Volume 94, Issue 63

Tuesday, January 16, 2001


NEWS

Richmond Hotel scene of 2001's first murder

USC welcomes new general manager

Brescia head soph chosen as new O-Week officer

Smarter bar-hopping via Web

Professor shortage prompts funding talk

Stand-off ends without incident

Briefs

Corroded Disorder

Richmond Hotel scene of 2001's first murder

By Aaron Wherry
Gazette Staff



London resident Christopher Jacques, 28, has been charged with second degree murder in connection with London's first homicide of the new year this past weekend.

According to Const. Ryan Holland of the London Police, shortly after 1 a.m. Sunday morning, police were called to the Richmond Tavern and Hotel, located at 372 Richmond Street, after a report was received of an injured male found in one of the hotel's rooms.

The male, later identified by the hotel owner as Alex Gallant of London, was discovered suffering from numerous injuries to his body, believed to be stab wounds. Gallant, believed to be in his forties, was pronounced dead at the scene, Holland said.

Shortly after police responded to the scene Jacques was taken into custody and questioned in relation to the stabbing. Yesterday morning, Jacques, of Richmond Street, was officially charged with second degree murder in connection to the death, Holland said.

Don, the owner of the Richmond Tavern and Hotel, who refused to give his last name, said those who frequent the bar and hotel were shocked at Sunday's events. "People are upset. It's a tragic event," he said.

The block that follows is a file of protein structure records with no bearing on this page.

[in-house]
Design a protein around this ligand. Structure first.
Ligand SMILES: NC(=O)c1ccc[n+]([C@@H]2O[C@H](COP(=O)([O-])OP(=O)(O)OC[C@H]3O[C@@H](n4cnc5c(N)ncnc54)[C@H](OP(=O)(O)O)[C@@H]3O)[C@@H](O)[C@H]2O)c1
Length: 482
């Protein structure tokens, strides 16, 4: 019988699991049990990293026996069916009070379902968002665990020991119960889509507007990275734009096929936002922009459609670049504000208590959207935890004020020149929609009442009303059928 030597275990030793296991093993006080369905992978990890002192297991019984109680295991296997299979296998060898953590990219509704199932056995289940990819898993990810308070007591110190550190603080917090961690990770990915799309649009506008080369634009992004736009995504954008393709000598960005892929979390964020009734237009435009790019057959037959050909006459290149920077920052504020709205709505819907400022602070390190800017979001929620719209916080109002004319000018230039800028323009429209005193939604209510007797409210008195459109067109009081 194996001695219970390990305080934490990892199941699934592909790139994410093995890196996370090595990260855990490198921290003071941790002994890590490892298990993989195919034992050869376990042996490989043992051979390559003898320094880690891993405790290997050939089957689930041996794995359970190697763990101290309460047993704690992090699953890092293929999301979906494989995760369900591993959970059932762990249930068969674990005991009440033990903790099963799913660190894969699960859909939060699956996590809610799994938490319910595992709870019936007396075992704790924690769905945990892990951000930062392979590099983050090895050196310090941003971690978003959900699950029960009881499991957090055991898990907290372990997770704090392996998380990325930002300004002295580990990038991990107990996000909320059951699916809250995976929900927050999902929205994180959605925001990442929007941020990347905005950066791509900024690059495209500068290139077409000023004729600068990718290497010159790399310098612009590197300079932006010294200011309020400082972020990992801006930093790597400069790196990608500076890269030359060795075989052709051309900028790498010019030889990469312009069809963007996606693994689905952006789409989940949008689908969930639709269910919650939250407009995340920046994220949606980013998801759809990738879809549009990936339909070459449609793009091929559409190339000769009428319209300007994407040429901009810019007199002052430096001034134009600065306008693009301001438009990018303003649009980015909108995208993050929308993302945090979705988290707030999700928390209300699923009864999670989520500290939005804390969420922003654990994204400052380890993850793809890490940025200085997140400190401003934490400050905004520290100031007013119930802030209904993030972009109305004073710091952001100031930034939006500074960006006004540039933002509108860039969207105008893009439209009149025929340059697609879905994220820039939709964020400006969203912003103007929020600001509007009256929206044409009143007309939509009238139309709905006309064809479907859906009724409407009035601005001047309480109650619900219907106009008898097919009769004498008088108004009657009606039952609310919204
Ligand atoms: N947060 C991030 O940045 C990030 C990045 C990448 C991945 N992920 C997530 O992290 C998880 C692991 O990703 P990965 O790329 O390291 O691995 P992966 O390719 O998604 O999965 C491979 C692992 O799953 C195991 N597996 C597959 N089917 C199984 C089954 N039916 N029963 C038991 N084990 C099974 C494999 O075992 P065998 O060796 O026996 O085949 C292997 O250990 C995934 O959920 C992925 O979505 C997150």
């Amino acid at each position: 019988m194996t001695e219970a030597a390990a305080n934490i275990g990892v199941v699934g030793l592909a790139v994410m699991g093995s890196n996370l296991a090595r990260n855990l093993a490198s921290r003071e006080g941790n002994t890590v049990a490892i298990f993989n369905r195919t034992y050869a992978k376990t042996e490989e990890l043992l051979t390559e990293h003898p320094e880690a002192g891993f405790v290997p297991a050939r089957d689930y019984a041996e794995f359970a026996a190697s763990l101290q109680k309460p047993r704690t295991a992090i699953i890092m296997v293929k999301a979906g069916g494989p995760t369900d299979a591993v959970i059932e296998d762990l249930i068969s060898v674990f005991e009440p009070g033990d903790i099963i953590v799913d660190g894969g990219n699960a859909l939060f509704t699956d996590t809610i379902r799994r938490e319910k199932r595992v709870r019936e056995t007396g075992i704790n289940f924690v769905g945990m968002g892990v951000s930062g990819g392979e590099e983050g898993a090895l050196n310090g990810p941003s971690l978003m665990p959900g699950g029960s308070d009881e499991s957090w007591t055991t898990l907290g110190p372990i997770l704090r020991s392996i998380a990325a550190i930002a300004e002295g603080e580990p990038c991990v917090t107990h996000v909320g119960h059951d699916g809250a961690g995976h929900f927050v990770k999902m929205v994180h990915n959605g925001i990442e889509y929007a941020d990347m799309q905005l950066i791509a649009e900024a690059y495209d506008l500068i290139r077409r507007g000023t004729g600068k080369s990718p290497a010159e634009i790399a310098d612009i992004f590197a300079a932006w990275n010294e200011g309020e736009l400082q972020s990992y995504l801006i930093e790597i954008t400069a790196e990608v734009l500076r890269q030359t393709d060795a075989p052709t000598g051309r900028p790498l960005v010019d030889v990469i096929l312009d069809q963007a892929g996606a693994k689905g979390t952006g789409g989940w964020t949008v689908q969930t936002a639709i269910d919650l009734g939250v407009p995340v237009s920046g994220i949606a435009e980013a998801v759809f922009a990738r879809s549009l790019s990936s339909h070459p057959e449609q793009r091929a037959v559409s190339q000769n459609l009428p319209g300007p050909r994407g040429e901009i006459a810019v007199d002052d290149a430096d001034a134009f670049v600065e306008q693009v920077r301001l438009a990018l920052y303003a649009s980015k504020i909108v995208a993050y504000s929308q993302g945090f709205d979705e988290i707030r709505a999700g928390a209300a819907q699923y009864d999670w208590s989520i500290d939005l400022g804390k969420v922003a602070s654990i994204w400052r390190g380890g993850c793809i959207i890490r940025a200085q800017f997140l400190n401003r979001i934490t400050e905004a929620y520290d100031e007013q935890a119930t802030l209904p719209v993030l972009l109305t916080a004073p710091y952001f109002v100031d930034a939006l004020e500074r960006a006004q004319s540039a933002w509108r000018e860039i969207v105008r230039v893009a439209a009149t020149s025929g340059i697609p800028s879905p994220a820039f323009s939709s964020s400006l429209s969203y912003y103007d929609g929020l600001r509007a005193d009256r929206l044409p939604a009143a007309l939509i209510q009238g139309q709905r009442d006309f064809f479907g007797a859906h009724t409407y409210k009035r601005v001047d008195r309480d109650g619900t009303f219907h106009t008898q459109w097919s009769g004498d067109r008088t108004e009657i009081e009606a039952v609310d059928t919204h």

"I knew him quite well," he explained, adding Gallant was well known in the area, having stayed at the hotel for the past four years.

Don said police and investigators were still working in and around the hotel and the entire floor around Gallant's room had been closed off. The rest of the hotel and tavern remains open.

Don Antonello, a third-year health science student at Western, said he often visits the Richmond Tavern and was there Sunday morning when a bouncer at the bar found the body. He explained there had been between 20 or 30 people in the establishment when police arrived at 1 a.m. and all had been held in the bar for questioning until 2:30 a.m..

Antonello said most in the bar did not understand what had occurred, but were shocked when word of the body's discovery began to circulate.

Lindsay Grundy, a third-year social science student who lives adjacent to the Richmond Hotel, said some incidents of crime in the downtown core are to be expected, but an event such as this raises new concerns. "It's kind of eerie when something like that happens so close to you."


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